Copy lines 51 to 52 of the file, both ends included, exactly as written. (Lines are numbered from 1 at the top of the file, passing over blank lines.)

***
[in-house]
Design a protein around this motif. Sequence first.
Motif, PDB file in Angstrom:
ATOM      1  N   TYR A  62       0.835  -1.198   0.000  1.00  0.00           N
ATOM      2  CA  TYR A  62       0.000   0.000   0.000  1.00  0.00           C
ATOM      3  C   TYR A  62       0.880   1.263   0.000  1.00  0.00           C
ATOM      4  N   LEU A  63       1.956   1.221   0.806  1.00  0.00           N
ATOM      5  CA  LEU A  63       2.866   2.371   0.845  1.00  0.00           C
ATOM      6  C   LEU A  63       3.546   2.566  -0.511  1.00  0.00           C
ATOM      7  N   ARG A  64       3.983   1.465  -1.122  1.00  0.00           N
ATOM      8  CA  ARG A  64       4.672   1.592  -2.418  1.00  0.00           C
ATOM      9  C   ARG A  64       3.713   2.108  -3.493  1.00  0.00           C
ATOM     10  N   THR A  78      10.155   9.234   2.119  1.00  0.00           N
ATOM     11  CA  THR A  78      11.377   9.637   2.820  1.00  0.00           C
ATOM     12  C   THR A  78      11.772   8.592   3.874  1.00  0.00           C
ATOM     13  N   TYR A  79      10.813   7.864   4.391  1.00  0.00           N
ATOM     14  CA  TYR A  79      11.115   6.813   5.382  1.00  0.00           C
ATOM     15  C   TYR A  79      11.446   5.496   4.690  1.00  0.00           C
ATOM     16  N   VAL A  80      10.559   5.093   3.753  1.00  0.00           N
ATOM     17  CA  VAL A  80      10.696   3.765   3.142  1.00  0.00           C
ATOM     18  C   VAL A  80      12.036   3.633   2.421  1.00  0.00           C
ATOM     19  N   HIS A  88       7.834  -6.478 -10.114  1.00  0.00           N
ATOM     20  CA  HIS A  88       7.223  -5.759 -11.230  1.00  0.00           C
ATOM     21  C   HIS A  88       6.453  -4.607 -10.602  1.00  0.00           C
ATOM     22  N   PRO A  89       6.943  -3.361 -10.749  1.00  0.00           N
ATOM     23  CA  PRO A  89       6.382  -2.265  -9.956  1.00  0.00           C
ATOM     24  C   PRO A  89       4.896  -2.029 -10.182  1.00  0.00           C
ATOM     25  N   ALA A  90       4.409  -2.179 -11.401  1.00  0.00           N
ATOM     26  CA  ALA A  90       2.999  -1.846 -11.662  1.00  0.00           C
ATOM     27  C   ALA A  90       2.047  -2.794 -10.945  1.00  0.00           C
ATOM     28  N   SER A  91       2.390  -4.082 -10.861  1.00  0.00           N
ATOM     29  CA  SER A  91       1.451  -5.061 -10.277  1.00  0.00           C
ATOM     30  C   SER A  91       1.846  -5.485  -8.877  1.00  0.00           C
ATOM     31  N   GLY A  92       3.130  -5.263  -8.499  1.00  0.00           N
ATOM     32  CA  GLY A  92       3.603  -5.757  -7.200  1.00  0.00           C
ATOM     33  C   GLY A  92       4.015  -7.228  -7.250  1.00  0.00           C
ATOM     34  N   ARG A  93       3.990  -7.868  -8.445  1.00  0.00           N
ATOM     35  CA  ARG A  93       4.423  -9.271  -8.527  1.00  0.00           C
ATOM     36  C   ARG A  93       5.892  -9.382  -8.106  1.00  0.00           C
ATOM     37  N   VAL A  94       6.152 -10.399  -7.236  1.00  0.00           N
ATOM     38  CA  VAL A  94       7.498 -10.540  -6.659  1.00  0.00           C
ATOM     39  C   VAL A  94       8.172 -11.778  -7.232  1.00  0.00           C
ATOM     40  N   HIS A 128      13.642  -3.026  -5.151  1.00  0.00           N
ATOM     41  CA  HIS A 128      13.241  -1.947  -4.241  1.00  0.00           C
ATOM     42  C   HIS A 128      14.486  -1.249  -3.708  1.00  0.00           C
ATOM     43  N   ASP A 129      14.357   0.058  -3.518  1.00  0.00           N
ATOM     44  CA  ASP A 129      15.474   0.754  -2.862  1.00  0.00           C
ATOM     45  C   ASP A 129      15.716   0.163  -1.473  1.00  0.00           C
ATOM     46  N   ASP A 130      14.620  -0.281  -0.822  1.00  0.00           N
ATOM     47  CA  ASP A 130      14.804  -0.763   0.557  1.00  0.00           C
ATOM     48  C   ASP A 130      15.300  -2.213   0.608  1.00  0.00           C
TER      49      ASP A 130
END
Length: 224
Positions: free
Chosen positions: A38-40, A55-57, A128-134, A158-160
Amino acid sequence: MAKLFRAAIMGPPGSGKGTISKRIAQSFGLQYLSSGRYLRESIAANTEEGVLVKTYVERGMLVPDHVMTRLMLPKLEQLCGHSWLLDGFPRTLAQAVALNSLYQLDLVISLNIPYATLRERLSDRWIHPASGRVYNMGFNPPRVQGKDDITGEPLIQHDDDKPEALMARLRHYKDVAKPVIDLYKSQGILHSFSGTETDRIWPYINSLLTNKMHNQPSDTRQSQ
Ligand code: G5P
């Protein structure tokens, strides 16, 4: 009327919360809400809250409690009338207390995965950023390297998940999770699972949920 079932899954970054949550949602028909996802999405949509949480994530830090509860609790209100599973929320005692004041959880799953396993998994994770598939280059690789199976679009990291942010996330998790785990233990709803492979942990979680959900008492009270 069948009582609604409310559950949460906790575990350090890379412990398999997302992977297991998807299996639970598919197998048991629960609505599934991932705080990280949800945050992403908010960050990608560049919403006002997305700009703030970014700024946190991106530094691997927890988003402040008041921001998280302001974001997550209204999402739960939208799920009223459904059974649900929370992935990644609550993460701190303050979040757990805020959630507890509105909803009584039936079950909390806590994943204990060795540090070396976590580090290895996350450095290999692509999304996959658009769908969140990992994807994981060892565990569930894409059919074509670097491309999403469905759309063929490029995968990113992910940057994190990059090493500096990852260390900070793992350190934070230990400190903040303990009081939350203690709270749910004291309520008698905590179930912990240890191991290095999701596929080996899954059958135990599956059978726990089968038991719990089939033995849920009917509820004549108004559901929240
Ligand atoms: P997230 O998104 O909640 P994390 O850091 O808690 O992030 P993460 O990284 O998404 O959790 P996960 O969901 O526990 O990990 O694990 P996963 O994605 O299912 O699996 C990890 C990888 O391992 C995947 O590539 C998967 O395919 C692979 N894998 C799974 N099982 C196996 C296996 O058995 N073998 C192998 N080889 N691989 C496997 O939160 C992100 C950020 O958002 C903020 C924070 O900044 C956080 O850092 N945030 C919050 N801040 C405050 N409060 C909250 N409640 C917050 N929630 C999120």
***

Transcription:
ATOM     48  C   ASP A 130      15.300  -2.213   0.608  1.00  0.00           C
TER      49      ASP A 130